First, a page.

There was a ripe yield down at the Second-hand Books & Bric-a-Brac yesterday. In amongst the tarnished silver and cracked figurines was this book.


It’s a collection of columns from the Zimbabwe Standard called Palaver Finish by Chenjerai Hove who died in exile in Stavanger only a few months ago.

It was hard to get a handle on the title essay which is written in what’s for me – unparsable pidgin. But I found this clue to its meaning in a book by Moradewun Adejunmobi, “palaver,” connotes “contentious discussion”.

And that may be what I’m about to step into without knowing it.


It appears some of his contemporaries like Dambudzo Marechera thought Hove’s work was too ‘nativist’ but I’ve asked around and although Marechera was tragic and beloved and brilliant – it also seems like he shouldn’t have been dragging anyone through the dirt. At least Hove made women the central heroes of his stories while Marechera was straight up called a misogynist by the person writing the introduction to the Penguin edition of Mindblast.

I really chimed with Hove’s thinking. It’s foundational and real and accessible and clear. And I admire that as much as glorious, violent explosions of literary fireworks Marechera was known for.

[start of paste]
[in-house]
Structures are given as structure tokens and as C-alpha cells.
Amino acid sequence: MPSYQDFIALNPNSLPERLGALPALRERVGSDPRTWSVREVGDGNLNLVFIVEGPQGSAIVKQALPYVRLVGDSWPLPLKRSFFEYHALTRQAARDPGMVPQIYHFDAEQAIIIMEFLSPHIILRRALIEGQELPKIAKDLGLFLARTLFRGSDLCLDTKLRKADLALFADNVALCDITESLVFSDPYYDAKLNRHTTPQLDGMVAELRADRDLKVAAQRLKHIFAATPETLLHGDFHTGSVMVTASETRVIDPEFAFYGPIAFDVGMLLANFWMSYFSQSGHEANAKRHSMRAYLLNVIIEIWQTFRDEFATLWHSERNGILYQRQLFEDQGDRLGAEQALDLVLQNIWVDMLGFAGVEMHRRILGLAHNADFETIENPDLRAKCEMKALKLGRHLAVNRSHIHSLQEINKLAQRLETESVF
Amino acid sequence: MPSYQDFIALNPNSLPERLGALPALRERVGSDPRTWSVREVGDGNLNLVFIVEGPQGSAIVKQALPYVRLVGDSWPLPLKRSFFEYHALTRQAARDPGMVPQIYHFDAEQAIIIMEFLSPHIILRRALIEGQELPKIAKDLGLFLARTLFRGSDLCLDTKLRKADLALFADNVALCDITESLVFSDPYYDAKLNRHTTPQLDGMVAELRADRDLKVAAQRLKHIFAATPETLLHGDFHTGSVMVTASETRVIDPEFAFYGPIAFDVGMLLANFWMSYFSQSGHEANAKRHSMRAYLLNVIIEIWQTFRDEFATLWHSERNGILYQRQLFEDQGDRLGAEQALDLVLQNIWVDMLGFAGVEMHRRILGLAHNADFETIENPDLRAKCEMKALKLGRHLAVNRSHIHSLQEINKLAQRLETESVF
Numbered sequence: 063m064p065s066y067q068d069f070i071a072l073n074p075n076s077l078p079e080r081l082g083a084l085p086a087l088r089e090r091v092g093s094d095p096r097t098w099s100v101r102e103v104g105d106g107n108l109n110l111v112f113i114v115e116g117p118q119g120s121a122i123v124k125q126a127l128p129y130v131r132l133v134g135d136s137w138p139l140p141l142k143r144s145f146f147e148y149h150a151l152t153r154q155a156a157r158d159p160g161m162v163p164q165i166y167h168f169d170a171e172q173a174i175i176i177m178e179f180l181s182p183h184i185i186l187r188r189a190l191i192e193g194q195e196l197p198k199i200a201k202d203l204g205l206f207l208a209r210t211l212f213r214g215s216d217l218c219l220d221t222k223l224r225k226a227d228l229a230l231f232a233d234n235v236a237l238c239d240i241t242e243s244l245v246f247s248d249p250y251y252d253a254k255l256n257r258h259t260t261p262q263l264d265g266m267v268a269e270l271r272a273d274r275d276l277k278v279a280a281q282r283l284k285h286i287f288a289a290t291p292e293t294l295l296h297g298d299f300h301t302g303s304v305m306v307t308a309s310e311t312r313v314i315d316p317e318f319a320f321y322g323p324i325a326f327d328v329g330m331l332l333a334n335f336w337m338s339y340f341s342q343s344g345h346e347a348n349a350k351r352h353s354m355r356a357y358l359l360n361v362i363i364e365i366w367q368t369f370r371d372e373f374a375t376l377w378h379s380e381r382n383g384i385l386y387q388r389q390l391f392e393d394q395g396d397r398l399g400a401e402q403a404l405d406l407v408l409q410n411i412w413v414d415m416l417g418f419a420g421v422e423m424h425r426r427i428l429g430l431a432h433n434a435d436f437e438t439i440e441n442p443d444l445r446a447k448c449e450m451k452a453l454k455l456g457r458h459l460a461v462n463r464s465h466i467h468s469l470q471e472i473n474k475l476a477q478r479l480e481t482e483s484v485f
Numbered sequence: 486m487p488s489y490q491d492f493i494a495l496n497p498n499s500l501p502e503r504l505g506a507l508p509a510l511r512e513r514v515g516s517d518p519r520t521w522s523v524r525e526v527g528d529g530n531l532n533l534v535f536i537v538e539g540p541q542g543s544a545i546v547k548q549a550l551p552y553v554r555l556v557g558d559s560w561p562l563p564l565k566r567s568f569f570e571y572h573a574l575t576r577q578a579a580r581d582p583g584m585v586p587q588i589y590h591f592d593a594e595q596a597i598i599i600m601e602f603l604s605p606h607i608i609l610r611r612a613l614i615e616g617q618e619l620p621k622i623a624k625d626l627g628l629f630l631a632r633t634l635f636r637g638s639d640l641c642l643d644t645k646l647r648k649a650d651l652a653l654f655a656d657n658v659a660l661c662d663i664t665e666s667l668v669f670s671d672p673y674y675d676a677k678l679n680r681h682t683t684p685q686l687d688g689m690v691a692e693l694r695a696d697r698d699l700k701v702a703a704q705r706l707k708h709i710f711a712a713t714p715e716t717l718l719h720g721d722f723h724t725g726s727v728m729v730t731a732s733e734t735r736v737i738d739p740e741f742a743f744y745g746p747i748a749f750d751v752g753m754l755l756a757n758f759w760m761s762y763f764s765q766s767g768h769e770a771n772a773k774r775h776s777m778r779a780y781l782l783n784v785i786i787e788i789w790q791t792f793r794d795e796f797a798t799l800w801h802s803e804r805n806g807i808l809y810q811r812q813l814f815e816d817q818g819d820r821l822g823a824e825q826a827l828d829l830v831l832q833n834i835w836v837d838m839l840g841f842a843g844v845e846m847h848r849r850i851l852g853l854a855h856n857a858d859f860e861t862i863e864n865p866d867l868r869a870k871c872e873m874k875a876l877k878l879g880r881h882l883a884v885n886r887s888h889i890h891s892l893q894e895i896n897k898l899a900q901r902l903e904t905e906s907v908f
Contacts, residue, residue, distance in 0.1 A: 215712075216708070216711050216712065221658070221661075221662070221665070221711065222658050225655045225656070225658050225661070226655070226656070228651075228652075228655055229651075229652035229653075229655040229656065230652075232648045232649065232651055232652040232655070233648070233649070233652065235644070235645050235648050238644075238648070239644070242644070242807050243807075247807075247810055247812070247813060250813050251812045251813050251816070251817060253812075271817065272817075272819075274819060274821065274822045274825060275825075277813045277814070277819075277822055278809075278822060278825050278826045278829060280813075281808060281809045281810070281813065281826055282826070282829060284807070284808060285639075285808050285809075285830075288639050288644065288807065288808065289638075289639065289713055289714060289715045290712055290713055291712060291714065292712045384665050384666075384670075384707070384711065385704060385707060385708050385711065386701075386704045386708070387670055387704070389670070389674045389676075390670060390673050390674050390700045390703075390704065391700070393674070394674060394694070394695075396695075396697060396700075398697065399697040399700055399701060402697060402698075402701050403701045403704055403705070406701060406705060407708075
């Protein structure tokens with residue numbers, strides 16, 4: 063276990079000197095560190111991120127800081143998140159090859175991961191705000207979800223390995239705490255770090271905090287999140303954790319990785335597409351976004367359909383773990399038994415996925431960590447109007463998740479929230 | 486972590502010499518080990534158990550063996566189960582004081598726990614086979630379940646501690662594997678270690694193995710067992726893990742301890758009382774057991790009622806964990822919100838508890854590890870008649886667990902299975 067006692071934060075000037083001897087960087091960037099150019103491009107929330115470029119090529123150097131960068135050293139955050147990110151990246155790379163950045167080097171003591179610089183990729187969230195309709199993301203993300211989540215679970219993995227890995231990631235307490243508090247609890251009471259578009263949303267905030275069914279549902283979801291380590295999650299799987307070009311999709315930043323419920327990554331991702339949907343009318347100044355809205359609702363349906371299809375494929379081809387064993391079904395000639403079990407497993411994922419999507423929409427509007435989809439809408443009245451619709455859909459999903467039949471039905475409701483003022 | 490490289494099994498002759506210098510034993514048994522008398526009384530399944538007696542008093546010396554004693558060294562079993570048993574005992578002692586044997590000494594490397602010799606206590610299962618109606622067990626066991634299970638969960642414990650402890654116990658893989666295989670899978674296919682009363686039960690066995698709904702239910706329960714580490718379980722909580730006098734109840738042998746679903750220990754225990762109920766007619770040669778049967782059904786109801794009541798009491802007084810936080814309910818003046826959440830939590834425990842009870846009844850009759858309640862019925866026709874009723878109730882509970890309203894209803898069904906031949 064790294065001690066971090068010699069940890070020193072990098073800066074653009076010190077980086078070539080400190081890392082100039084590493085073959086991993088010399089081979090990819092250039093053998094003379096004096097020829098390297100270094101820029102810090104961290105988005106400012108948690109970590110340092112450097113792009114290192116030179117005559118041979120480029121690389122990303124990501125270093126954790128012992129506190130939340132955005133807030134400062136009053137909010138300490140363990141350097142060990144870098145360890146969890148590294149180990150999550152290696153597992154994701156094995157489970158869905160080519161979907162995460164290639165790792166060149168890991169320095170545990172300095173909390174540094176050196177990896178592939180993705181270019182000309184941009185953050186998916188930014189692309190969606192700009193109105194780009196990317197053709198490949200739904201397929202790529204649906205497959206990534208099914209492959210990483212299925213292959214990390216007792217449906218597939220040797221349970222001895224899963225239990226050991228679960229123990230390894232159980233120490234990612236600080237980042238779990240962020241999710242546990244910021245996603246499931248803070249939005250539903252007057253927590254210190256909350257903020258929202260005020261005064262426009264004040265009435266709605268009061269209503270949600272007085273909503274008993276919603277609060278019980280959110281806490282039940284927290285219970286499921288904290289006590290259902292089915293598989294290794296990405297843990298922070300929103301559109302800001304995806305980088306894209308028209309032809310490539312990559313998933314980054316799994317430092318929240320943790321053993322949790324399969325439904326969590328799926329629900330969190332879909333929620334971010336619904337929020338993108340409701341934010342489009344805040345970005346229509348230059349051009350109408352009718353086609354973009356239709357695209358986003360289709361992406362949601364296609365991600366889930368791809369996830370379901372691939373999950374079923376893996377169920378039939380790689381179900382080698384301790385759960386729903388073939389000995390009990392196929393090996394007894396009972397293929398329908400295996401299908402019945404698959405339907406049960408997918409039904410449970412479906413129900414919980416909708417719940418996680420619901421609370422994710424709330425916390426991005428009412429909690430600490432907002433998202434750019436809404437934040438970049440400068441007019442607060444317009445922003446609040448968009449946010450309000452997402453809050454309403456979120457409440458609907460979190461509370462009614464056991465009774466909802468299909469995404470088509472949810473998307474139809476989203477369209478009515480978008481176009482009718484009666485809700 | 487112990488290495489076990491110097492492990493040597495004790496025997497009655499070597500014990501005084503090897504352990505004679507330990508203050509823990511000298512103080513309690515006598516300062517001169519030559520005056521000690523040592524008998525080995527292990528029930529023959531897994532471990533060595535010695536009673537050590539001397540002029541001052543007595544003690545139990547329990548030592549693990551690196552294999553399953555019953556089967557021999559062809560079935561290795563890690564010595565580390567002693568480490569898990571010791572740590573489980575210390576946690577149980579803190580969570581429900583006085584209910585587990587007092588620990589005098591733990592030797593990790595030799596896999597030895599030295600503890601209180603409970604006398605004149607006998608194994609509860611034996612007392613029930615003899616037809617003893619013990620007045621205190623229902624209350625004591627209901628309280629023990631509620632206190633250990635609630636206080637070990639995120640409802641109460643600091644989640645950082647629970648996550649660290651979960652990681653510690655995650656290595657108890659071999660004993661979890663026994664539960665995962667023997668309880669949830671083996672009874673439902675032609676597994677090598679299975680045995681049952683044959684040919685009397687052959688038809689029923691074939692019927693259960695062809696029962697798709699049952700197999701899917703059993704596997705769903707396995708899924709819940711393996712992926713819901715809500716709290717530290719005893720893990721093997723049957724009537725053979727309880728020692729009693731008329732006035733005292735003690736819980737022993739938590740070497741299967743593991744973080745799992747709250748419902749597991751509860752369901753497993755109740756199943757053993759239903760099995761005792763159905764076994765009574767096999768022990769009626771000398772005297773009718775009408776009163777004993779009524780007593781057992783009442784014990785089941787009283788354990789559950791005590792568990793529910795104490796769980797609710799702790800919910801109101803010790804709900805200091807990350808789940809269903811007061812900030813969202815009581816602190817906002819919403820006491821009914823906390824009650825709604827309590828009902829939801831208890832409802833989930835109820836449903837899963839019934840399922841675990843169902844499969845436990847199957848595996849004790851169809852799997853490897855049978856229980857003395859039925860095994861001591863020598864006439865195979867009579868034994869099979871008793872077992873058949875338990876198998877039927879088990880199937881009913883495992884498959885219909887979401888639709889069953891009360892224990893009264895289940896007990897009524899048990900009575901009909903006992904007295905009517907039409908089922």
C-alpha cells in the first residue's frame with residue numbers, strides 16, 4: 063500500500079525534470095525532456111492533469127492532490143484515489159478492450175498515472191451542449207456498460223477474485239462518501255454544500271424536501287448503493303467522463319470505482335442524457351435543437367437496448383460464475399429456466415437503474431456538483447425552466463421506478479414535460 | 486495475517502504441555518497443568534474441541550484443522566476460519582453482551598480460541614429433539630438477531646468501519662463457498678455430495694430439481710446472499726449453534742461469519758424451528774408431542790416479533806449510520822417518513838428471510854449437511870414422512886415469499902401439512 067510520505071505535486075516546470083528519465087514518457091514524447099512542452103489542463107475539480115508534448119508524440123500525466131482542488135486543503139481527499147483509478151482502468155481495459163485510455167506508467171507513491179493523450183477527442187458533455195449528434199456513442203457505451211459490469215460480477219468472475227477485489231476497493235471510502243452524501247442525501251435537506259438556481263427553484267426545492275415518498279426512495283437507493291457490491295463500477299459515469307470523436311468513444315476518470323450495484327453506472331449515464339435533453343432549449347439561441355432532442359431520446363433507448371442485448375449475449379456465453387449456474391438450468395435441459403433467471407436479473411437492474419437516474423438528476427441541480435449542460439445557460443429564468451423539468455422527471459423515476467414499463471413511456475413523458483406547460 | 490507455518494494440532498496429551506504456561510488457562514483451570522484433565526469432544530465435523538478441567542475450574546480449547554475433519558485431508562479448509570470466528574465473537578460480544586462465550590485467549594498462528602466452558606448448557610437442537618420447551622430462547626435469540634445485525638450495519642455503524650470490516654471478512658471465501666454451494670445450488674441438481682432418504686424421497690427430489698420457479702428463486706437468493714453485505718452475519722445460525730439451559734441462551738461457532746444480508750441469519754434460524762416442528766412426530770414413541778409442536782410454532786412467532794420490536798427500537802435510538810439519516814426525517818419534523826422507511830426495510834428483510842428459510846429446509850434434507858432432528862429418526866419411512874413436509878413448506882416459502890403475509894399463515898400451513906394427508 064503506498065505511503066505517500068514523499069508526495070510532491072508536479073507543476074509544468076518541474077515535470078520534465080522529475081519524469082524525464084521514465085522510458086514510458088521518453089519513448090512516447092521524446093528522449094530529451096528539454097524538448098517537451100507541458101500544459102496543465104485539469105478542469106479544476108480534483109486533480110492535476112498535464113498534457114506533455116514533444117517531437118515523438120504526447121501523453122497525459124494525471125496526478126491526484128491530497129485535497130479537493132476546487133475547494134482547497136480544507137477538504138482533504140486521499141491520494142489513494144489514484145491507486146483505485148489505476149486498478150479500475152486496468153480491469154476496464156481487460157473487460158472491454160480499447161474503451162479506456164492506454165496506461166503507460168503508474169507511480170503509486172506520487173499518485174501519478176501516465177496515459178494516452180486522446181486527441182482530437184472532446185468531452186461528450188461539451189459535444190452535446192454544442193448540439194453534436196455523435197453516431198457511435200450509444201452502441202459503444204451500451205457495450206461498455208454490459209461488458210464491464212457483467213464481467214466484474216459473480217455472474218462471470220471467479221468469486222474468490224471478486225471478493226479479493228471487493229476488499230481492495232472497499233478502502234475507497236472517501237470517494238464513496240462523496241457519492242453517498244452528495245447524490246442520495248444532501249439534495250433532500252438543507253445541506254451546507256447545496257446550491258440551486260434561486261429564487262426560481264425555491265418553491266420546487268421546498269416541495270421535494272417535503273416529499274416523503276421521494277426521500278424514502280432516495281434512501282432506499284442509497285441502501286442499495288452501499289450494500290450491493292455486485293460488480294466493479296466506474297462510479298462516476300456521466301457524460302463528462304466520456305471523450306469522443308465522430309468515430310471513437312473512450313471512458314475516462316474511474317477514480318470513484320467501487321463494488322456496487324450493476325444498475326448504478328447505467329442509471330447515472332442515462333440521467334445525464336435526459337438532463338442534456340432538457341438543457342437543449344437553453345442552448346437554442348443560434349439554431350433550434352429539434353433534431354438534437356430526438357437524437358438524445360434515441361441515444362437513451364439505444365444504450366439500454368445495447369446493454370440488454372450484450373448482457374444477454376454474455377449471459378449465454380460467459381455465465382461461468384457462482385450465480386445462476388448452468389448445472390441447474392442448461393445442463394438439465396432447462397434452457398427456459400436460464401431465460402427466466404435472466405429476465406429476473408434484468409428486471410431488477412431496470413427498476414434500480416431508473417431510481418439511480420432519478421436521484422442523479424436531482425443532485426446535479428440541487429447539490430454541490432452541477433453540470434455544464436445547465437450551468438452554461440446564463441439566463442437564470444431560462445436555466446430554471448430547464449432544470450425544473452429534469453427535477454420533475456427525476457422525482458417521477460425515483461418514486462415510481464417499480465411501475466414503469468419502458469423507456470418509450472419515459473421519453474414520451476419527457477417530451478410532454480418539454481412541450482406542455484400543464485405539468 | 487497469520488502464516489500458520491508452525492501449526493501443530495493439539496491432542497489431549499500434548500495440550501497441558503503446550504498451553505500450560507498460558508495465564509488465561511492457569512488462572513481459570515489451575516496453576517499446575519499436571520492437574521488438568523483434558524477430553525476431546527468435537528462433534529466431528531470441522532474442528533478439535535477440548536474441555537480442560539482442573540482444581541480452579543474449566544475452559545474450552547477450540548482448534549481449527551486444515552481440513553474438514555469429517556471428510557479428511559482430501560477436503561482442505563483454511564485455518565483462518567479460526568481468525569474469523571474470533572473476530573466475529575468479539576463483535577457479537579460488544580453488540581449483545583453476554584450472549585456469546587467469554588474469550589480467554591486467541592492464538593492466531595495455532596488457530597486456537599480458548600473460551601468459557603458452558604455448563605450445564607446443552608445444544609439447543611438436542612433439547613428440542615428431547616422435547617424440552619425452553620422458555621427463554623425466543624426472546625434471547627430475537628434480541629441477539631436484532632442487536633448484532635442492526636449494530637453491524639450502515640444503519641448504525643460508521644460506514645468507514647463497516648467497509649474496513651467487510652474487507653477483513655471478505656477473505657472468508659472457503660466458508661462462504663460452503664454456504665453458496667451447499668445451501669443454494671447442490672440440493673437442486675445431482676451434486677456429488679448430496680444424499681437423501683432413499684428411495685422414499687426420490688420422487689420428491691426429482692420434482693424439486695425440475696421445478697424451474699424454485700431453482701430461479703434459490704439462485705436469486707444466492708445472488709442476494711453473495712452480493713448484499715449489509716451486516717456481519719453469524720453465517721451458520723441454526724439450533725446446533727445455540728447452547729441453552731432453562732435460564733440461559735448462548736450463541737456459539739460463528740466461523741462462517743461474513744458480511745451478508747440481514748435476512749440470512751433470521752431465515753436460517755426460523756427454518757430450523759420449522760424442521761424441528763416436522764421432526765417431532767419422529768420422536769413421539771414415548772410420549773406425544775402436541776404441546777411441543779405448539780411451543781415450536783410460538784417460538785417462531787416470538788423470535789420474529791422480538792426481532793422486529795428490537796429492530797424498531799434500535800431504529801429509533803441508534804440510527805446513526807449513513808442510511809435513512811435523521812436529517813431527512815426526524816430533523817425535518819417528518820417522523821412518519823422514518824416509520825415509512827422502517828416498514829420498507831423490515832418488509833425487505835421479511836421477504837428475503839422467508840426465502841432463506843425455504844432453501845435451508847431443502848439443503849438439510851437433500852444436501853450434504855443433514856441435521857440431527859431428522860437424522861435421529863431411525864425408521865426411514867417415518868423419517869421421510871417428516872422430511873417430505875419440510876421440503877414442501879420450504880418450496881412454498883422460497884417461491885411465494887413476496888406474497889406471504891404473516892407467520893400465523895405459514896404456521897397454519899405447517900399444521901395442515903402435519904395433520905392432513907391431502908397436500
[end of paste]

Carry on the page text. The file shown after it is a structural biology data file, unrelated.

On a more general note: in the month I’ve been in South Africa – I feel very strongly that Arab artists and writers should pay more attention to what’s going on and has gone down in Africa.

Because it’s relevant. Period.


To prove this I am including some snaps out of a 2010 copy of Lines Magazine edited by Kudzanai Chuirai. His work is a perfect example of the ‘relevant’ mentioned above. Example: the below piece is called “The Presidential Office 16h30”. Now, the collective GCC mounted a very similar piece at MOMA PS1 a few years ago and I know for a fact (I was a part of GCC at the time) that we didn’t know Chuirai’s work. But we were treading in exactly the same territory – right down to the portraits as self-aggrandising cultural ministers.


Anyway, enjoy the friction of Chuirai’s hyper-irony and Hove’s ultra-earnestness rubbing up against each other. Maybe it will light something for you as it has me.

Culture as Censorship

Excerpted from Palaver Finish

By Chengerai Hove